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Huub Beurskens

The Poetry of Huub Beurskens

Frightened Nature

The development of Huub Beurskens’s poetry can be categorised as a movement from closed to open poetry, from the compact to the transparent, from narrow to broad. In his first collections Beurskens wrote hermetic poetry: objective, cool, distant, introspective poems. Monologische Dichtung, to borrow from Gottfried Benn, a poet to whom the young Beurskens turned for a theoretical basis for his work.

Like Benn, he was allergic to similes, adjectives, colours and a lofty poetic tone. ‘I banished capital letters, full stops, articles, colours, the first person singular and as many adjectives as possible from my own poems, getting rid of everything that seemed superfluous to the monological poem, to the poem as artefact, as autonomous core,’ wrote Beurskens in 1992 in a poetical essay recalling that period. Superficially Beurskens’s later poetry reveals little of this outwardly severe poetics.

Significantly enough, Beurskens himself refers back to the work of the nineteenth-century poet-priest Gerard Manley Hopkins and to Impressionist painting and the music of Debussy, Ibert and Roussel. His poetry is characterised by many new coinages and by archaic, obsolete words that have fallen into such deep disuse that they could easily be mistaken for new coinages. It is full of scents, colours, tastes and, above all, sounds. Many of the poems evoke an Arcadian mood, even if that mood is always cancelled out by the poems’ contents. Although it flirts with the concept, this poetry is not really about a return to tradition, it would be more accurate to see it as a continuation of Beurskens’s earlier work. Viewed from the perspective of Beurskens’s post-Hollandse wei poetry, it’s not really possible to identify a turning point in the volumes he published in the eighties - Charme (Charm, 1988), Het vertrek (Departure, 1984) and Vergat het meisje haar badtas maar (If Only the Girl Would Forget her Beach Bag, 1980). Instead there is a gradual development in which it seems as if the poet is becoming increasingly permissive, both formally and thematically, but without altogether abandoning certain elements from the autonomous tradition.

The result is poetry which is innovative with regard to both the autonomous, originally avant-garde tradition and the late-nineteenth-century Impressionist and symbolist traditions. His is an old-fashioned lyrical inspiration in which a more contemporary concern for the problematical relationship between language and reality, word and thing, is nonetheless present. Beurskens is an autonomist who sings; a Cage who sounds like Debussy; a black square that looks like a Monet.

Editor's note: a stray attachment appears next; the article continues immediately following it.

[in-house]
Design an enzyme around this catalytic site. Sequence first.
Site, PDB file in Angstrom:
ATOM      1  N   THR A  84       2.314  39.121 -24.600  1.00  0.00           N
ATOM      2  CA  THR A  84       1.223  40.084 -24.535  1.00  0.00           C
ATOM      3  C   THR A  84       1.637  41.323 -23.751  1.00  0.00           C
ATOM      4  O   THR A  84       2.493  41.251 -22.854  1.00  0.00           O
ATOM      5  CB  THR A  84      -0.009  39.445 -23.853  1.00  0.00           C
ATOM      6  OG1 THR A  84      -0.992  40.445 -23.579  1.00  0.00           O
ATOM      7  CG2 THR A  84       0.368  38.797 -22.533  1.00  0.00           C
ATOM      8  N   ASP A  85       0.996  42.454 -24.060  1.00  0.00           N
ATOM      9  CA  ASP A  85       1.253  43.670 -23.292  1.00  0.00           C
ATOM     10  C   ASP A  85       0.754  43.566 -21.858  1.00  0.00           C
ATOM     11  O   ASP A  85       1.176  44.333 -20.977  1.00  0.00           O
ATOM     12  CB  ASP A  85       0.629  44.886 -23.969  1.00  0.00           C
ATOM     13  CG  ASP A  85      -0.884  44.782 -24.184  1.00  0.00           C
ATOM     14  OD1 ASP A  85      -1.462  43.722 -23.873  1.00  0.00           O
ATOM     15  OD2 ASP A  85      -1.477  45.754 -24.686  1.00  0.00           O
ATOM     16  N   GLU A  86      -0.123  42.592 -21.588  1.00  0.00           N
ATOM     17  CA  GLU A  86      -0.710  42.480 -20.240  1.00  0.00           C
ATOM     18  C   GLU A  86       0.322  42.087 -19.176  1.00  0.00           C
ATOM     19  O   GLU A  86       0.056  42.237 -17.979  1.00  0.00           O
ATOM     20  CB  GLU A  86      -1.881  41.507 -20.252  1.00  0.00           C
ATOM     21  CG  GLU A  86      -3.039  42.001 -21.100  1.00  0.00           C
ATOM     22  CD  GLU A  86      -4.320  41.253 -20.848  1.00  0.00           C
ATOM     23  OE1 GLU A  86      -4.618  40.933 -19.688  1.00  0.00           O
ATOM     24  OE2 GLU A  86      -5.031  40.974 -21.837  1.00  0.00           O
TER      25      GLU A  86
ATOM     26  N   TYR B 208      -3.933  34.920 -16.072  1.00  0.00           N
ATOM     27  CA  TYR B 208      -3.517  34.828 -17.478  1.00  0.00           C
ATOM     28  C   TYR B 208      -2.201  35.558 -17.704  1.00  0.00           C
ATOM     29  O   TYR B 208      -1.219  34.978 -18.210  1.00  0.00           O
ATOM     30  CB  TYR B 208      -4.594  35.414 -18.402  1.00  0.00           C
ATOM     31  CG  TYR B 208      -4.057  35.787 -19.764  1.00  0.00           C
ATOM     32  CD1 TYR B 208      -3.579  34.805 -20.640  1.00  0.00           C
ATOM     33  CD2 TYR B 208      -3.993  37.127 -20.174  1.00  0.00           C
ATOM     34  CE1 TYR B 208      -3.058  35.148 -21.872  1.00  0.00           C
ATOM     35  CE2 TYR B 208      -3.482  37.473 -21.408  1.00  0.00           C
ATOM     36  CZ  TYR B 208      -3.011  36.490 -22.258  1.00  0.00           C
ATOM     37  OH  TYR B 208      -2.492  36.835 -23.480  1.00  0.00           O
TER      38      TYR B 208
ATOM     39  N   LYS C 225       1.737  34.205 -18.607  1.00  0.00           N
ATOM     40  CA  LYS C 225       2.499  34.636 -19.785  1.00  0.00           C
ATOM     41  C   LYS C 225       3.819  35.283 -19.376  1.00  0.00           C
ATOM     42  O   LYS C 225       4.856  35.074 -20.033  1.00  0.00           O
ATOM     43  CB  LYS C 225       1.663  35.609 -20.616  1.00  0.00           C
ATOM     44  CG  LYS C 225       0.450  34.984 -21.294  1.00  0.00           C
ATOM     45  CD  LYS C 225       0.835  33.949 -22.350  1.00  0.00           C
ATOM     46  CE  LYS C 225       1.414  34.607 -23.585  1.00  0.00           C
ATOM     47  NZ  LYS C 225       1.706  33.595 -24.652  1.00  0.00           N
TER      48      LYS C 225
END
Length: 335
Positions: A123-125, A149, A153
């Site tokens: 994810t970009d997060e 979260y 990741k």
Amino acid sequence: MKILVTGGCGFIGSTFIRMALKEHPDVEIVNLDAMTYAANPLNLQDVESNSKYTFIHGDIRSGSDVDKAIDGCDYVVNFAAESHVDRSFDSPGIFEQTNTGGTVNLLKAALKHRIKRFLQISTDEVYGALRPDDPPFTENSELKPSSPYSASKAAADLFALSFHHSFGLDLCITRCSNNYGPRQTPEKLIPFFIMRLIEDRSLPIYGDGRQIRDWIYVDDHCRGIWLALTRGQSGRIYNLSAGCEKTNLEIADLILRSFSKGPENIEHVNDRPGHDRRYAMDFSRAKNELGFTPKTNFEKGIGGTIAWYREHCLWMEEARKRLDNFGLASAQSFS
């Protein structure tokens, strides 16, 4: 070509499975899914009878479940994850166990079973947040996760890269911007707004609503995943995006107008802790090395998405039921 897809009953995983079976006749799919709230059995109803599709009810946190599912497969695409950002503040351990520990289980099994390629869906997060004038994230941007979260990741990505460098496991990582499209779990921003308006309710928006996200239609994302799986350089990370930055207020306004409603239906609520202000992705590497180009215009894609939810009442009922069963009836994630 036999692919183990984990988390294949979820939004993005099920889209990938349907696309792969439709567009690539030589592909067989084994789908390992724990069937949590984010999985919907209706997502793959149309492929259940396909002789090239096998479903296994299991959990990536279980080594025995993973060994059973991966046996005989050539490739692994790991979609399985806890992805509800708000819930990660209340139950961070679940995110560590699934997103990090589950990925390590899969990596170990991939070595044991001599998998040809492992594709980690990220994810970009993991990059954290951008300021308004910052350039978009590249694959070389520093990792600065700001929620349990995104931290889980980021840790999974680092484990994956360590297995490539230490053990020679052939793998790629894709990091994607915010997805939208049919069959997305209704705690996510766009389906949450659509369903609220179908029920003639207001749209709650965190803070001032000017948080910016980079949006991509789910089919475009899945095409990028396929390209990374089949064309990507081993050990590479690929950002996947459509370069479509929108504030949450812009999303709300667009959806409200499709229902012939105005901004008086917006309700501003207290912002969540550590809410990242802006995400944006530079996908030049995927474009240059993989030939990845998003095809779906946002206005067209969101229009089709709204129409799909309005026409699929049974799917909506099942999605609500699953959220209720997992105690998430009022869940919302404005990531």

Self-confident and versatile, erotic and intellectual, rich in words and smooth rhyme: here is someone who gracefully distances himself from the ‘rock hard buffers against mortality’, as he has come to consider his earlier poetry these days.

Guus Middag, Tirade

Aangod en de afmens is a powerful, carefully composed collection, in which the poet has created his own universe with great virtuosity of language.

Jury VSB Poetry Prize 1995

What’s wonderful about these poems is that there’s so much happening in them. In contemporary language, vital and associative, Beurskens can be as tender as direct.

Y. Né, De Stem

Beauty and vulnerability as each other’s traditional opponents: poetry is not often this natural.

Gert Jan de Vries, de Volkskrant

Antissa Bay

I wonder if the waves here have got other things to disgossip about with their pebbles
than they have anywhere else on the shores of the same sea?

Scientifically speaking no. The lyre became one of the constellations.
And now her star Alpha is twenty-six light years away from us and

nearly fifty times as far from her star Beta. It’s still
fabulous seeing Lyra in the east at maynight. Vega

is much bigger and hotter than the sun that keeps dabbling my
shadow in and through the water moving in and over and

through itself. The constellations are all mirages. We clutch at them
not to conquer what’s clutching at us inside but in order to manifest ourselves

by means of them. Projections. And memories: no erections, kisses, caresses
or tumbling out of clothes when my very first love and I went on

our very first walks together alone, just the thrill of seeing how
our shadows interpenetrated right before our eyes!

And look at my shadow now interpolating itself again with the pellucidity
of the incessant murmuring of the sea. But its lot is still not

a happy one: always prodding me on or dragging me along. I could never
leave it alone, all on its own, when on holiday, turning my back, cautiously, leaving

the beach on tiptoe, without looking back to see if it had disappeared,
washed away perhaps, into the depths. I’ll never be able to do that, ever.

Translation © 1998 by Deborah ffoulkes

Huub Beurskens

Huub Beurskens (b. 1950) studied at the academy of arts in Tilburg, and later taught drawing and history of art in Amsterdam. He has written several collections of poems, stories, and essays, as well as several novels. For his collection Hollandse wei en andere gedichten (Dutch Meadow and Other…

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De poëzie van Huub Beurskens . Poetry.

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